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Pyongyang to unleash NUKULAR horsemen of the Norkocalypse?

Just how real is North Korea's missile threat?

The smart choice: opportunity from uncertainty

Last week, UK prime minister David Cameron raised a few eyebrows when he insisted North Korea has the capability to launch a missile strike against the the US and the UK.

Just like Blighty was once warned of Saddam Hussein's terrifying Weapons of Mass Destruction, the PM forewarned: “North Korea does now have missile technology that is able to reach, as they put it, the whole of the United States and if they are able to reach the whole of the United States they can reach Europe too. They can reach us too, so that is a real concern.”

It would be a real concern, were it in fact true. As part of increasingly vigorous sabre-rattling between Pyongyang and the west, the communist state last week moved a couple of missiles "capable of striking South Korea, Japan and US bases in the Pacific" to its eastern coast.

In a breathtaking piece of bravado, the regime declared these weapons might target Guam - a threat considered serious enough by the US administration for it to announce the fast-track deployment of its Terminal High Altitude Area Defense (THAAD) anti-missile system to the island.

However, the missiles in question - BM25 Musudans - are merely theoretically capable of hitting targets up to 3,000–4,000km away. The Musudan is a trailer-launched intermediate-range ballistic missile (IRBM) based on the Soviet R-27 Zyb.

Two Musudan missiles in Pyongyang in October 2010

The real deal? Musudans in Pyongyang in October 2010

Musudans were paraded in Pyongyang in October 2010, although some experts suspected they were mock-ups. At that time, there was "no indication that the Musudan is operational or that it has ever been tested", and this remains the case.

If North Korea is preparing to launch a Musudan, it remains to be seen how it handles the missile's fuel cocktail of unsymmetrical dimethylhydrazine (UDMH) and inhibited red fuming nitric acid (IRFNA). At a time when other nations are turning their backs on such hypergolic blends (as we recently noted in our round-up of international launch capabilities), this is a decidedly old-school approach.

While UDMH is stable, and can be safely left in fuel tanks for extended periods, IRFNA is an altogether less friendly substance. It's commonly 84 per cent nitric acid (HNO3), 13 per cent dinitrogen tetroxide (N2O4) and a couple of per cent of water. The presence of an inhibitor such as hydrogen fluoride is required to prevent the brew eating through storage tanks.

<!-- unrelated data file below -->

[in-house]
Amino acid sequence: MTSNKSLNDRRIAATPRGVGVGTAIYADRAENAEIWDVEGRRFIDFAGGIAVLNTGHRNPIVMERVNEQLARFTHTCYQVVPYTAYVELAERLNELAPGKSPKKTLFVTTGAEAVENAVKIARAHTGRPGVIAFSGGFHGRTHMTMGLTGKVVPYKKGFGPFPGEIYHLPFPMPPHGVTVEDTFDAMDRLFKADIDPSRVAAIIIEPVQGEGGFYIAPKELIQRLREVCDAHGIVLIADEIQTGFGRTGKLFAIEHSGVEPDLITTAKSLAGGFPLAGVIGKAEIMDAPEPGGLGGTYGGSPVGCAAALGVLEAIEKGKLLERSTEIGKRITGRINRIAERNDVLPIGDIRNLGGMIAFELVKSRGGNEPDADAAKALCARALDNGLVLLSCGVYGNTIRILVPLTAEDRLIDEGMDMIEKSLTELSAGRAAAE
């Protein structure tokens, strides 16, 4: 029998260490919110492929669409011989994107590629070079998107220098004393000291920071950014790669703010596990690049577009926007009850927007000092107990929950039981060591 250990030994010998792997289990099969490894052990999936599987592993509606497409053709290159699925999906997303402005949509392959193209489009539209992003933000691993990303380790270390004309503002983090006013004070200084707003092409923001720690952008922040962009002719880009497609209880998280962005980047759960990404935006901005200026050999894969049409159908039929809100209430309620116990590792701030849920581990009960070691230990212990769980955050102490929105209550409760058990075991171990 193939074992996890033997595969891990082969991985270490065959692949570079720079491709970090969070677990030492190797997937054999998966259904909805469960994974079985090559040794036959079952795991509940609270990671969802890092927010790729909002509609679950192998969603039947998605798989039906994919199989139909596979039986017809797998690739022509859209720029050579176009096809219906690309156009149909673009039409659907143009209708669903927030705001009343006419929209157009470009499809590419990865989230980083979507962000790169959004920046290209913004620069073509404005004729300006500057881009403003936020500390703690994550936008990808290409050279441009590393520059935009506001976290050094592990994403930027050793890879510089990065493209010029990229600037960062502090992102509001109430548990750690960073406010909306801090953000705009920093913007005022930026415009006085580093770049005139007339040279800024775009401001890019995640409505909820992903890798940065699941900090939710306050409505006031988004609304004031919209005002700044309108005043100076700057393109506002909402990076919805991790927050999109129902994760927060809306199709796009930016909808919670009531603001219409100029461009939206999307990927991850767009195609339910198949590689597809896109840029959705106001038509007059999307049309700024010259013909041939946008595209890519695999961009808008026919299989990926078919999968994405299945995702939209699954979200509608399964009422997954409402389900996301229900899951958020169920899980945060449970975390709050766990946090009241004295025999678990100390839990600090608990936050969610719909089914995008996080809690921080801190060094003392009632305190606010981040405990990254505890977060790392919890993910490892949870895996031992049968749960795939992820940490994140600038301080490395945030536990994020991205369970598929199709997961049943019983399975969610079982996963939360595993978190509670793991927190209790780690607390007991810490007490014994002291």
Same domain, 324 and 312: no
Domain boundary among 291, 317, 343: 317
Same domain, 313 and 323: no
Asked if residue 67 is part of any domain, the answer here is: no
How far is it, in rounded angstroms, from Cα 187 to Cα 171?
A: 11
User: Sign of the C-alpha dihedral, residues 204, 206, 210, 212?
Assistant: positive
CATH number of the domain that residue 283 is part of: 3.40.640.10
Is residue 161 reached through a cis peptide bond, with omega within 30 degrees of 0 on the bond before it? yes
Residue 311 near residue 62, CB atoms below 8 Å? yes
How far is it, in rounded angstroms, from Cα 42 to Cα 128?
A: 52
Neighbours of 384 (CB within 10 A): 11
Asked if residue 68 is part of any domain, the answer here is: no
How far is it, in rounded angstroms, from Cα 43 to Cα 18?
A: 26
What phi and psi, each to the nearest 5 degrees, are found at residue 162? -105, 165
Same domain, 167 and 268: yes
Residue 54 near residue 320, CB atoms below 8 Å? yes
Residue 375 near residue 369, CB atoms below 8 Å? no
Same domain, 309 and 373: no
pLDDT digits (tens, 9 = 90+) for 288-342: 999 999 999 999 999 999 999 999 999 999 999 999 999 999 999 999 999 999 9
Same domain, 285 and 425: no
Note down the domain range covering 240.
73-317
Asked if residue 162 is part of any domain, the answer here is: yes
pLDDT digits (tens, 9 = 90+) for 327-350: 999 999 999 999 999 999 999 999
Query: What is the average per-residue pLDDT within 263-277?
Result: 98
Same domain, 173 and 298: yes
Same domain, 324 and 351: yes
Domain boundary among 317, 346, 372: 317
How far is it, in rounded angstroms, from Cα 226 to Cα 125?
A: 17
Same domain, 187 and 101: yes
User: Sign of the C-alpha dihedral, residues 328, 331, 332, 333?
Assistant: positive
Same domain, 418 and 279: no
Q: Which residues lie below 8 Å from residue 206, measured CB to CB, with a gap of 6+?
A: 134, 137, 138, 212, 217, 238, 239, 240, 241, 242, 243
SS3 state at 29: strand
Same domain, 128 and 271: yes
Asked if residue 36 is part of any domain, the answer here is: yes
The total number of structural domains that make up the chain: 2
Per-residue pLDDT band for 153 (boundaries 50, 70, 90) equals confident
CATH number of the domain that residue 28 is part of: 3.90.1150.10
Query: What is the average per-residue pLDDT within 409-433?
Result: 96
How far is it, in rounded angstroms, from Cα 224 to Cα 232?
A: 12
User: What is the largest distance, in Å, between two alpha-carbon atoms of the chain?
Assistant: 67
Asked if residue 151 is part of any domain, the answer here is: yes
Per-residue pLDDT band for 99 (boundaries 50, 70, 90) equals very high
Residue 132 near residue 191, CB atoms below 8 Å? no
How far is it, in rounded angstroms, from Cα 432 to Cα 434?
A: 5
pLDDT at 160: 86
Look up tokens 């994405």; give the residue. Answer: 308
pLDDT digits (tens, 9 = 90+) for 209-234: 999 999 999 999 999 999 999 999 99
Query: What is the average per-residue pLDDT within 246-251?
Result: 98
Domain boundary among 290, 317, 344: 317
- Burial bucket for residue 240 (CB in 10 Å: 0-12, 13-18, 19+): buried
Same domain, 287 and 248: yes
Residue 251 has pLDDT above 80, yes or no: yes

This in itself is highly unpleasant, forming corrosive and toxic hydrofluoric acid on contact with moisture, such as that present in rocket scientists' skin.

Assuming the North Koreans have got a handle, and indeed a very tight lid, on their Musudan fuel, their track record of successful missile launches is patchy.

The workhorse of the country's missile capability is the Rodong-1 - a modified Soviet SS-1 "Scud" burning UDMH and IRFNA. The Unha series of three-stage rockets rely on four clustered Rodong-1s in their first stage, with a second stage based either on the R-27 Zyb technology (as adapted for the Musudan), or the Scud.

The third stage may use part of the Iranian Safir programme, although this is unconfirmed.

In April 2012, the Unha-3 rocket failed shortly after lift-off, although in December, the Unha-3-2 successfully put the Kwangmyŏngsŏng-3 satellite into orbit, according to North Korea.

The Unha-3-2 launches from Sohae Satellite Launching Station in December 2012. Pic: Official North Korean image

Official Nork pic: The Unha-3-2 blasts off in December 2012

While the communist regime claimed peaceful aims for the Unha, the West insists it's a front for the development of long-range ballistic missiles, in defiance of UN resolutions banning such vehicles.

The Taepodong-2 ballistic missile, which also packed a quartet of Rodong-1s in its first stage, failed on both its known test flights in 2005 and 2009.

It doesn't, then, appear that North Korean missiles will be coming soon to an airspace near you. David Wright, co-director of the Union of Concerned Scientists' Global Security Program, told Space.com last week: "If I were in South Korea and this were ratcheting up, if I were in Japan - you might worry about chemical weapons or something like that that they could put on the front of [a missile]. But once you get farther away than that, I think it's really a bluff."

Regarding the Musudan brouhaha, he noted: "There's no reason to actually consider them operational. There's no test data to say that they work. The Guam threat, to me - I think that's bluster. I don't believe that." ®

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